Clinton joins President Obama on stage at DNC

PHILADELPHIA -- President Barack Obama made a fervent appeal for Hillary Clinton on Wednesday, casting the Democratic nominee as a custodian of his legacy while rejecting Republicans' message as fostering anger and hate.

Obama said his former secretary of state is a better qualified candidate than even he or her husband, former President Bill Clinton.

"I can say with confidence there has never been a man or a woman -- not me, not Bill, nobody -- more qualified than Hillary Clinton to serve as president of the United States of America," Obama said to a roaring crowd -- and a belly-laughing Bill Clinton -- at the Democratic National Convention.

"This is not your typical election," Obama said at the Democratic National Convention in Philadelphia. "It's not just a choice between parties or policies; the usual debates between left and right. This is a more fundamental choice -- about who we are as a people, and whether we stay true to this great American experiment in self-government."

Delivering point-by-point plaudits of Clinton's record, Obama said the former top diplomat had the best view of what it takes to occupy the Oval Office.

"Nothing truly prepares you for the demands of the Oval Office," Obama said. "You can read about it. You can study it. Until you've sat at that desk, you don't know what it's like to manage a global crisis, or send young people to war. But Hillary's been in the room; she's been part of those decisions."

Her rival, meanwhile, is merely ginning up fear to secure votes, Obama argued.

"Donald Trump calls it 'a divided crime scene' that only he can fix," Obama said of the Republican nominee's descriptions of the state of the country. "He's just offering slogans, and he's offering fear. He's betting that if he scares enough people, he might score just enough votes to win this election."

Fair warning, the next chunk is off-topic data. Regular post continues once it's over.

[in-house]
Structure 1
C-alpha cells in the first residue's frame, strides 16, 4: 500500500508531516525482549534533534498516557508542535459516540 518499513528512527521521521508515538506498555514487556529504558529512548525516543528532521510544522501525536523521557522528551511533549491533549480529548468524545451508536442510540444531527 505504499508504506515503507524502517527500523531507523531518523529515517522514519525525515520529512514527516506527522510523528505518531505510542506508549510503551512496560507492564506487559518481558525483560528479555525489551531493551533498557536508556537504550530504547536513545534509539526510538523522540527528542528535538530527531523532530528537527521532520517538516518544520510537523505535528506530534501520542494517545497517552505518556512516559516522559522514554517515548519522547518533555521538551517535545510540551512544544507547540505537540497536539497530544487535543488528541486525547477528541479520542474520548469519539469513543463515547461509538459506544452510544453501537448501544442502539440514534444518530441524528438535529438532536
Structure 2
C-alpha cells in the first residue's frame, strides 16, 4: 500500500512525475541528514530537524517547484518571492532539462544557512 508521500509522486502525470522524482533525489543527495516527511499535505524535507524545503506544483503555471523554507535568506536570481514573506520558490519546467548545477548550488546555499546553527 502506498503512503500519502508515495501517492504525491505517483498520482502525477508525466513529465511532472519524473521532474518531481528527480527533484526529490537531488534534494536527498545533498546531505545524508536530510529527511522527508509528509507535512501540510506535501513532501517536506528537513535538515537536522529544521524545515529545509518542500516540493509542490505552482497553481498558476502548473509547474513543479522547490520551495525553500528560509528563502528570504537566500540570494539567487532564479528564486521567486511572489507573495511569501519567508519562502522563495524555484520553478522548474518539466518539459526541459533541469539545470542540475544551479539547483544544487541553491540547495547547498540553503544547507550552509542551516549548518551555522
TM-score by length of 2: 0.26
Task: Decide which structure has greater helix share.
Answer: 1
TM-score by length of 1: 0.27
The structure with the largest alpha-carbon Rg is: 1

"That is another bet that Donald Trump will lose," Obama continued. "Because he's selling the American people short. We are not a fragile or frightful people. Our power doesn't come from some self-declared savior promising that he alone can restore order. We don't look to be ruled."

Obama said the message at last week's GOP convention in Cleveland "wasn't particularly Republican -- and it sure wasn't conservative."

"What we heard was a deeply pessimistic vision of a country where we turn against each other, and turn away from the rest of the world," Obama said. "There were no serious solutions to pressing problems -- just the fanning of resentment, and blame, and anger, and hate."

Speaking to what's likely to be the largest remaining audience of his presidency, Obama recalled the moment 12 years ago to the day that thrust him onto the national stage. And he insisted the country was better off now than when he first entered office in 2009

"Through every victory and every setback, I've insisted that change is never easy, and never quick; that we wouldn't meet all of our challenges in one term, or one presidency, or even in one lifetime," Obama said. "So tonight, I'm here to tell you that, yes, we still have more work to do."